Colorado health officials announced new rules on Monday that would work to cut the air pollution produced by oil and gas operations in the state. The rules would force companies to capture 95 percent of all toxic pollutants and volatile organic compounds they emit. In addition, the rules include a requirement that companies control emissions of the potent greenhouse gas methane, marking the first time a state has drafted rules to directly address the methane emitted by oil and gas operations, according to The Denver Post.
“These are going to amount to the very best air quality regulations in the country,” Gov. John Hickenlooper said.
Methane is a key driver of climate change; the greenhouse gas is 25 times more potent than CO2 over a century and 72 to 100 times more potent over a 20-year period. As oil and gas production booms in Colorado, the resultant air pollution is becoming a serious concern. Last year, air sampling conducted by the National Oceanic and Atmospheric Administration recorded a four percent methane emissions rate over Colorado, more than double the rate reported by the industry.
A 2011 study by the National Center for Atmospheric Research found that “unless leakage rates for new methane can be kept below two percent, substituting gas for coal is not an effective means for reducing the magnitude of future climate change.”
Colorado’s new rules will require companies to detect leaks from tanks, pipelines, wells and other facilities using devices such as infrared cameras and to inspect for leaks at least once a month at large facilities and plug leaks. In addition, companies must adhere to stricter limits on emissions from equipment near where people live and play. As a result, state health chief Larry Wolk said the state could cut overall air pollution by 92,000 tons a year — roughly equivalent to taking every car in the state off the road for a year.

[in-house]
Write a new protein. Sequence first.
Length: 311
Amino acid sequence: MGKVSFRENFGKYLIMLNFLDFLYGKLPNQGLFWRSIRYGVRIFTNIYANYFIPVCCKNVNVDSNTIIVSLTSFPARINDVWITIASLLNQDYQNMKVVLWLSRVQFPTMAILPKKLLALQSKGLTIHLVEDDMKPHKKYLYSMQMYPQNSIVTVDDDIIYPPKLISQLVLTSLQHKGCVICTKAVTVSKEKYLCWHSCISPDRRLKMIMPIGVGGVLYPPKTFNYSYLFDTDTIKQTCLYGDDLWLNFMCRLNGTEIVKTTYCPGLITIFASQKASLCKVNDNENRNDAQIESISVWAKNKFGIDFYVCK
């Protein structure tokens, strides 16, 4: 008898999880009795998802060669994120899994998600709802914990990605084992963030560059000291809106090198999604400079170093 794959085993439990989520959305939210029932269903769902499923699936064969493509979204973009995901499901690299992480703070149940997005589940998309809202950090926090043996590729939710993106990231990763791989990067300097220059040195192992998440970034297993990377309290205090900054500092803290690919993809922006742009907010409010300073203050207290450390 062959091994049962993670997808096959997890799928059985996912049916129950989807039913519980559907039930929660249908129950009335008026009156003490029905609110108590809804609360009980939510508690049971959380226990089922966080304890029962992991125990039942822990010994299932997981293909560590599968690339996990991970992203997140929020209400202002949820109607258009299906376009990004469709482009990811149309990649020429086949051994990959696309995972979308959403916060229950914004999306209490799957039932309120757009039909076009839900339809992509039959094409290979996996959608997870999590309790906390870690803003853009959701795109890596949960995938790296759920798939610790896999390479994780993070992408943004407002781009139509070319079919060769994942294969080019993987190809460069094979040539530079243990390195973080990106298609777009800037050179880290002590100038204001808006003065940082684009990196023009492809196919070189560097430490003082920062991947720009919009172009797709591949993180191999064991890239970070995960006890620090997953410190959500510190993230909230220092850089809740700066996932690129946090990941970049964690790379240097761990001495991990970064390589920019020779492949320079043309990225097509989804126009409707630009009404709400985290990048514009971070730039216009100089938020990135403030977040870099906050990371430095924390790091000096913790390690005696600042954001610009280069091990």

Gov. Hickenlooper applauded the state’s largest oil and gas producers for coming to the table and drafting the rules with the state and the Environmental Defense Fund, The Denver Post reported. Environmental groups are also praising the effort as an important step forward. Colorado’s Air Quality Control Commission could finalize the rules by February.
Whether stricter air quality controls can assuage the concerns of Coloradans regarding the state’s oil and gas boom remains to be seen. Last month, three Front Range communities voted to ban the practice of hydraulic fracturing, or fracking, within city limits.